by William Yates, M.D. in Brain Posts

A recent 30-page manuscript provides an exhaustive review of the evidence for the efficacy and safety of statin therapy.The authors of this excellent review provide some context for the relative value of statins.The note that putting 10000 individuals with a history of a vascular event on a statin drug for 5 years would prevent 1,000 subsequent events. This is an example of secondary prevention--preventing another adverse outcome in those already experiencing an adverse event.But the statin drug........ Read more »

Collins, Rory, Reith, Christina, & Emberson, Jonathan. (2016) Interpretation of the evidence for the efficacy and safety of statin therapy. Lancet. info:/http://dx.doi.org/10.1016/S0140-6736(16)31357-5

  • September 8, 2016
  • 04:28 PM
  • 496 views

How new experiences boost memory formation

by Dr. Jekyll in Lunatic Laboratories

Most people remember where they were when the twin towers collapsed in New York ... new research reveals why that may be the case. The study has shed new light on the biological mechanisms that drive the process, known as flashbulb memory.

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Takeuchi, T., Duszkiewicz, A., Sonneborn, A., Spooner, P., Yamasaki, M., Watanabe, M., Smith, C., Fernández, G., Deisseroth, K., Greene, R.... (2016) Locus coeruleus and dopaminergic consolidation of everyday memory. Nature. DOI: 10.1038/nature19325  

  • September 7, 2016
  • 12:05 PM
  • 532 views

Nuturing the Gifted: II

by William Yates, M.D. in Brain Posts

Earlier this summer I posted a review and commentary on a Duke University study of the outcome of children identified as gifted.You can access this post by clicking HERE.Today in Nature News, Tom Clynes publishes a nice review of the history of this topic.He notes there have several large scale studies to examine prospectively children with high academic potential. The cohorts include:Study of Mathematically Precocious Youth-SMPY (Johns Hopkins)Duke University Talent Identification ProgramMunich........ Read more »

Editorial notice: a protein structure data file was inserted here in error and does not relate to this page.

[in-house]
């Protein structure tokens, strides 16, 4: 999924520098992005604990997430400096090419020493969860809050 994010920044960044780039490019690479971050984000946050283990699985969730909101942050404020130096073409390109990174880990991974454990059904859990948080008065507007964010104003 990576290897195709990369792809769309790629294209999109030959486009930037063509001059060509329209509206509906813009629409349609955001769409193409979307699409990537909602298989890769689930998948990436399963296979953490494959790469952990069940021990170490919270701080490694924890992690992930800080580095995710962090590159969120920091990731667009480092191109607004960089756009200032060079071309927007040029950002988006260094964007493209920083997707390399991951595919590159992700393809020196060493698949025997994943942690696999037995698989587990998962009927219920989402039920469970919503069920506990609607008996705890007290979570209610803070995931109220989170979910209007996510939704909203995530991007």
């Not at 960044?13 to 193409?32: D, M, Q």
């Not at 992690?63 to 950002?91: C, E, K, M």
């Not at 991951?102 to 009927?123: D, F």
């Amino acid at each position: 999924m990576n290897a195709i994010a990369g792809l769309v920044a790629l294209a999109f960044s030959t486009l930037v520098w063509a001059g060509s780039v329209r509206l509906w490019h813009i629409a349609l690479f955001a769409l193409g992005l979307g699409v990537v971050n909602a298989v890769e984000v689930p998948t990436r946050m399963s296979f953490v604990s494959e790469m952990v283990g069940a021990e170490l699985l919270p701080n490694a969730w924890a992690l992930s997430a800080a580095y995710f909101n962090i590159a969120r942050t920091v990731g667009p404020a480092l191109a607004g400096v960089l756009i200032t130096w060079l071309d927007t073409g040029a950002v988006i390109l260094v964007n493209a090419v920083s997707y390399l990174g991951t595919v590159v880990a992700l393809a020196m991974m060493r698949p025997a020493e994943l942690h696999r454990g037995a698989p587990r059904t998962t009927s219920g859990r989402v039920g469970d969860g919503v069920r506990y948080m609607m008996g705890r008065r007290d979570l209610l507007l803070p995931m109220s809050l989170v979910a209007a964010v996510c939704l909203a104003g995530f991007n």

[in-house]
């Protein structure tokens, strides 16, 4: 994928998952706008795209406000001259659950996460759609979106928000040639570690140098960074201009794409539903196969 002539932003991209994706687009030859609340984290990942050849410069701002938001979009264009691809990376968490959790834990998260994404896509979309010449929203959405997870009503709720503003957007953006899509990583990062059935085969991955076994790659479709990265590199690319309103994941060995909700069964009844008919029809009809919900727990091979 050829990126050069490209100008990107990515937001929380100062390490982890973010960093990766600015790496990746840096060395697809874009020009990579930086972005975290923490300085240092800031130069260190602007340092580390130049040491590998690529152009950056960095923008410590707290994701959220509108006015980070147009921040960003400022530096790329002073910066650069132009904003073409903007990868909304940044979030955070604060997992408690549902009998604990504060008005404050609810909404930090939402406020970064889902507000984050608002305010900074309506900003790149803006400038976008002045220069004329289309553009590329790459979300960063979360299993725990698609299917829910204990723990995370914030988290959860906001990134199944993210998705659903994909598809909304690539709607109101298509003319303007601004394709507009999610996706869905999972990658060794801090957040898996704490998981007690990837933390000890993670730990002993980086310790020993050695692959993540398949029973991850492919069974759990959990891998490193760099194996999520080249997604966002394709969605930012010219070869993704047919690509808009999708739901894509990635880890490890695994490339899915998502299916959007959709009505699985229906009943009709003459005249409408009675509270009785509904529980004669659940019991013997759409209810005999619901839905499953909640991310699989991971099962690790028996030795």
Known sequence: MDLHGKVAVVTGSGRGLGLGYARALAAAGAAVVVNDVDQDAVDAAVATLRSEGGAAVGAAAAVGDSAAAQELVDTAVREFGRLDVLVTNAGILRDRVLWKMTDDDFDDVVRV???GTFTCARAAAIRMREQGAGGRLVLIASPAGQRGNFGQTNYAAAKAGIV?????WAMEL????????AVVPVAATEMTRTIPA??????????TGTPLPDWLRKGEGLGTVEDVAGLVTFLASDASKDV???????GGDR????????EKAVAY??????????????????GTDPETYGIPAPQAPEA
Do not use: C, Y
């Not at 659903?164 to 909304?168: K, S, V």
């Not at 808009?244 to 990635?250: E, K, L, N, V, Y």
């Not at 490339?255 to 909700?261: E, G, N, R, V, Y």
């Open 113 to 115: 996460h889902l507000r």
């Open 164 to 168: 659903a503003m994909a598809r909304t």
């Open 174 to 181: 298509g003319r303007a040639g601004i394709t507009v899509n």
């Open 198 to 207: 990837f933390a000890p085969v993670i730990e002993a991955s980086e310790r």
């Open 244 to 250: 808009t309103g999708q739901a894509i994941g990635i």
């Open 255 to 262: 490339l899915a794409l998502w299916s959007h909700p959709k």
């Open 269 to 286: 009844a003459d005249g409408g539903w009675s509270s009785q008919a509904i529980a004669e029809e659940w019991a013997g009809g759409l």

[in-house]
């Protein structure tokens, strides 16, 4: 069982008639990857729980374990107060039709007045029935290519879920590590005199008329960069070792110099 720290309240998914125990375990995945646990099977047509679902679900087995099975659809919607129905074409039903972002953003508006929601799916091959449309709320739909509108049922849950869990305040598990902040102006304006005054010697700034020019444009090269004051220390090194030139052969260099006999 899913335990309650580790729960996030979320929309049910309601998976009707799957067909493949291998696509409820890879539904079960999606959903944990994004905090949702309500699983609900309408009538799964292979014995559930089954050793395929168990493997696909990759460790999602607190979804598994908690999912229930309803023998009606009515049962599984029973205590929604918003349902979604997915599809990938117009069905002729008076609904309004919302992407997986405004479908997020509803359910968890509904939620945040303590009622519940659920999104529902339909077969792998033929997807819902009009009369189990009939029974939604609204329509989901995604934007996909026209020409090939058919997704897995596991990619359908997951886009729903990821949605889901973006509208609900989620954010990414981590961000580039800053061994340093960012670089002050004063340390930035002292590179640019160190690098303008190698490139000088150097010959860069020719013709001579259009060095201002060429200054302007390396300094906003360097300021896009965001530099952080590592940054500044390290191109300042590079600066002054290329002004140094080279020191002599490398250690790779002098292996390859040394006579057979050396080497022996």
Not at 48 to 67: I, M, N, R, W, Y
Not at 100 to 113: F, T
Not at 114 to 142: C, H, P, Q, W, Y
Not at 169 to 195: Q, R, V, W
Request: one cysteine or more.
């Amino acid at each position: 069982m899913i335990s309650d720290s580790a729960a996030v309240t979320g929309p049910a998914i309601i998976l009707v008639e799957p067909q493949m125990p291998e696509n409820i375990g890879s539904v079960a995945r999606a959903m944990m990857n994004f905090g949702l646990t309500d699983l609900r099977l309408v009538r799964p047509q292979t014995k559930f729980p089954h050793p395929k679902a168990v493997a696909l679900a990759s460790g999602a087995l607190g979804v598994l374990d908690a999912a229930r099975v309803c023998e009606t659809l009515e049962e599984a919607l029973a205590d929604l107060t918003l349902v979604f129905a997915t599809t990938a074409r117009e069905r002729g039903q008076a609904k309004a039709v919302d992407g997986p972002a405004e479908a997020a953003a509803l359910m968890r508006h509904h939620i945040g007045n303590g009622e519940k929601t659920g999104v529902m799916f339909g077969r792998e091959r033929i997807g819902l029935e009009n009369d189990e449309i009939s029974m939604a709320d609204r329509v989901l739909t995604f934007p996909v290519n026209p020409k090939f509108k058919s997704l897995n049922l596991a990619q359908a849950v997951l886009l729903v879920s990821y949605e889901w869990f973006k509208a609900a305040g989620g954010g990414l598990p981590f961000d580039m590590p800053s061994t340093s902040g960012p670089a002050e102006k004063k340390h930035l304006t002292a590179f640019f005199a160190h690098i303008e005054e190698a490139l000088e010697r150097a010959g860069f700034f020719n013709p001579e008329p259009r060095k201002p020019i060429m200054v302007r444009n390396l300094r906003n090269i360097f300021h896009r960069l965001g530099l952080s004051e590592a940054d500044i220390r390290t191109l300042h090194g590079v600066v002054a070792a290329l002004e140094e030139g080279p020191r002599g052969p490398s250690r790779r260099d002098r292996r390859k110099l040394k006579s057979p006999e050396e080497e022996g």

• September 6, 2016
  • 11:17 AM
  • 531 views

Keeping the Weight Off

by William Yates, M.D. in Brain Posts

Weight loss and maintenance of weight loss is difficult if not nearly impossible for most people.A registry of individuals who have lost 30 pounds or more and maintained their weight loss over a year exists in the U.S. This research effort is known as the National Weight Control Registry. It currently has over 10,000.I was looking at some of the published research results from this study. A paper published in 2012 used cluster analysis to identify sub-types of individuals with successful long-te........ Read more »

  • September 4, 2016
  • 03:25 PM
  • 540 views

Parents' math skills 'rub off' on their children